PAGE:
With 2 lists of lots of music groups on the screen, one list is of groups of 4, the other list is groups of 5 or more.  These second set of music groups are either led by a single person or they’ve gone.  The list of music groups of 4 people are stable.  We only have so much capacity for engaging with quality interactions.  (This fits with research that says teams of more than 5 lost effectiveness through their ways of working).

Navy Seals are selected for max IQ 115-120 because they want people with enough intelligence to do their job well, and enough to form a secure & stable communicating group.

[An aside: When we shake hands with people, within 90 seconds we’ll smell our hands to test our compatibility.]

When you’re doing breakout sessions with groups in learning sessions, keep groups in 4 and below.  5’s quickly break up into 2’s and 3’s.

So if you need a decision-making group, how many people will you have in that group?

And if as a woman you’re going for a job, work with a buddy because they’ll believe in your ability to go for jobs that you wouldn’t do on your own.  Men will just apply, and apply, and apply – and learn lots from all the feedback they get.

Gigerenzer – Decision making heirisitcs – he makes an important distinction between risk and uncertainty.  Risk is never really calculable.  Most often we’re in uncertainty because there are so many parameters. e.g. Shovelism – if you’re in a team of 28 and you all have a shovel and Vin needs to make a decision about whether to work in a group of 28 and get lots of gold from the mine, or whether to go off and dig on my own and meet my own needs.  Same as Brexit – too many parameters so most of us voted on a feel and rules of thumb.

Example of rule of thumb – Harry Markowitz – he created an algorithm for investing and then people discovered he wasn’t even using his own algorithm – he said “well it’s a bit complicated to use every day” – he’d discovered and was using a much simpler version for the stock decisions he was making, and still being successful.

10 Things to Know :

  1. There’s no such thing as a good decision maker – some people are better for certain decisions in certain situations
  2. There’s no single thing that it makes sense to call pressure – we all respond differently to different pressures in different ways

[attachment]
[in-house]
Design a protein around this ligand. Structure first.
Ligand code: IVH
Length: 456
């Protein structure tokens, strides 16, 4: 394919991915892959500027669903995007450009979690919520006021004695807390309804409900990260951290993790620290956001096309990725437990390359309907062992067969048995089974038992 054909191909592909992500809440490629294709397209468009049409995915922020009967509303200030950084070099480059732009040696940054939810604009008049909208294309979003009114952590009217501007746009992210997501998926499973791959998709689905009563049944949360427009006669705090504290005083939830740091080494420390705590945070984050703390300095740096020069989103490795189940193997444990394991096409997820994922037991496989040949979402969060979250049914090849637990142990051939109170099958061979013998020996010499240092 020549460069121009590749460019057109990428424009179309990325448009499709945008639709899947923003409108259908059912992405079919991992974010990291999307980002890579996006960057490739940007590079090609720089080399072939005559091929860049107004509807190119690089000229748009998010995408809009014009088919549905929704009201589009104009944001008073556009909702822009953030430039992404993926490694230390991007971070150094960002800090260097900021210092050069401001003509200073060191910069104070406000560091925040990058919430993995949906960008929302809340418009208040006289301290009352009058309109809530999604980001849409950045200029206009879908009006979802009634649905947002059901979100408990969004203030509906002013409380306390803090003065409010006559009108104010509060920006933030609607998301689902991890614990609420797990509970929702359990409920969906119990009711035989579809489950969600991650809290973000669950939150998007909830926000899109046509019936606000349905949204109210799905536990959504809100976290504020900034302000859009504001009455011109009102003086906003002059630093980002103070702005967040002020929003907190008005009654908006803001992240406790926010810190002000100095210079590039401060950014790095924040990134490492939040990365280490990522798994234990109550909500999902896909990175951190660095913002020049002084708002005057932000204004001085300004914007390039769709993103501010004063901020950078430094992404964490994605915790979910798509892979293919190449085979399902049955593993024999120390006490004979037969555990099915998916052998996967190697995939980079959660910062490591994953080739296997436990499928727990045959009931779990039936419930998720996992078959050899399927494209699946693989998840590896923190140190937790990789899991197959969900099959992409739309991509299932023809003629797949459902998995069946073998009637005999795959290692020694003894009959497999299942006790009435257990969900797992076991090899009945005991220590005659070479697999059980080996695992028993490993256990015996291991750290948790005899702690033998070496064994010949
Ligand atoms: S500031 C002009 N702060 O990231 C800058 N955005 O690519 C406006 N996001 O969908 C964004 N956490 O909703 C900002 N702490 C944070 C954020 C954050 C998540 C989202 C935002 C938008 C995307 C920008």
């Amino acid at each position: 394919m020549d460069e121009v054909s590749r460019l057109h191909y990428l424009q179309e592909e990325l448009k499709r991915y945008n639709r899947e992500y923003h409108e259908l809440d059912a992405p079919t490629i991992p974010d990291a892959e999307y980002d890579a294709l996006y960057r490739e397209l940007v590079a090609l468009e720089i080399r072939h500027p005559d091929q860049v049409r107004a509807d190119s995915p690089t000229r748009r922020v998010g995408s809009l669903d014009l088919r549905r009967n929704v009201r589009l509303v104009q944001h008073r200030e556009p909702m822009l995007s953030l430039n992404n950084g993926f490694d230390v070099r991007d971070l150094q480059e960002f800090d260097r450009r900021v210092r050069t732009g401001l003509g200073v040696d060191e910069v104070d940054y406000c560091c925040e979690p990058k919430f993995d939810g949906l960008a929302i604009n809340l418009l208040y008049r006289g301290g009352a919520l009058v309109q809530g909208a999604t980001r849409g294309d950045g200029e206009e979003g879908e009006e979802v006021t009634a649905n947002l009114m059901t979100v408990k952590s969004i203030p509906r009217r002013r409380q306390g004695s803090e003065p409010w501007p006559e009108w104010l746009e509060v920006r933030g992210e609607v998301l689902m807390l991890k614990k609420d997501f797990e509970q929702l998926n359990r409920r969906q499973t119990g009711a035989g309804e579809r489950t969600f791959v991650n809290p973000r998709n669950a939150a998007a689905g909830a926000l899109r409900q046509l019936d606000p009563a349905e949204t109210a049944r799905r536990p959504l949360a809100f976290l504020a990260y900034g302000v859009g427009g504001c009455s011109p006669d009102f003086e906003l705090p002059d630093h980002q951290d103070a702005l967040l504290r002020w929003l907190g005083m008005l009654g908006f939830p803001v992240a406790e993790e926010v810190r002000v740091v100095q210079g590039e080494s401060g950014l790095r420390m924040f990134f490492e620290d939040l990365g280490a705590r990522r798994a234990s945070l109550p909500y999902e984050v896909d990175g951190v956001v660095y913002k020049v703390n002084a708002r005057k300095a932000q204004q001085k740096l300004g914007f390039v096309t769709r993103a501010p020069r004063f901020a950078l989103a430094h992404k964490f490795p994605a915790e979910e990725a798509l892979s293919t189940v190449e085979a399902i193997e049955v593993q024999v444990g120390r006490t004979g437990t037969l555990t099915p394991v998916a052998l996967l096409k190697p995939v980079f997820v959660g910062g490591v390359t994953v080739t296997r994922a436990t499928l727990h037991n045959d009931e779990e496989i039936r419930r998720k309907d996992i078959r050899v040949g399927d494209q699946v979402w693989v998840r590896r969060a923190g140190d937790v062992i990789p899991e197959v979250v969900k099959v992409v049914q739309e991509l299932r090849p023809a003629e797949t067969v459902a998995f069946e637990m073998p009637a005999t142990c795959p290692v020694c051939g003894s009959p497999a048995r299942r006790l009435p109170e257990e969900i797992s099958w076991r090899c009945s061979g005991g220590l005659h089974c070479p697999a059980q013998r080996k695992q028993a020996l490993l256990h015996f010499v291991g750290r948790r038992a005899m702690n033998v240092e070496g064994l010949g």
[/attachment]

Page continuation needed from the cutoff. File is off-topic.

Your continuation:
3. You need to know the types of decisions and the types of pressure – is it a probabilistic decision, ,do we know the parameters, is it about when rather than what
  4. Men and women do differ – this is useful – not a competition!
  5. Your instincts are valuable although it doesn’t mean they’re always right but definitely worth including in decision making
  6. People are not as mart as you think – but then neither are you
  7. Being smart isn’t always smart – sometimes we just need to keep things simple.  There’s a test you can give with a ball bouncing on a computer screen.  It bounces up 75% of the time and down 25% of the time.  Predict what’s going to happen next.  We’d make our guesses in line with those %’s.  We’d get 75% of 75% and 25% of 25%.  If you give the test to a monkey they go up 100% which means they get 75% of the 75%!
  8. Posing a problem in the right way is the first step in good decision making
  9. Be aware of your decision making diet – how do you decide in different situations
  10. Groups – there’s a reason the Navy Seals hang around in 4’s (and aren’t a boy band!) – Vin will sometimes put 5 or 6 women together, and 5 or 6 men together in learning sessions.  Within a few minutes then men will have allocated a leader, the women never will.  Not right or wrong – it’s just different and both are valuable.  As children, girls tend to have a best friend whereas boys don’t so they learn about the push and pull of group dynamics.  Women haven’t learnt that skill of electing a leader as a child therefore use it less as an adult.


I started this looking forward to feeling disorientated and inadequate.  I think he’s achieved his goal because he’s thrown lots at us very quickly and in a very academic way.  At this stage I have questions in my head about how this new information is useful, what could I do with this.  Happy with that.  Reflecting to do.


This post has been live blogged from a session at CIPD Learning & Development Show. I’ve shared as I’ve heard it so there may be typos and I won’t have captured the whole thing but the intention is to give you a good sense of what was shared.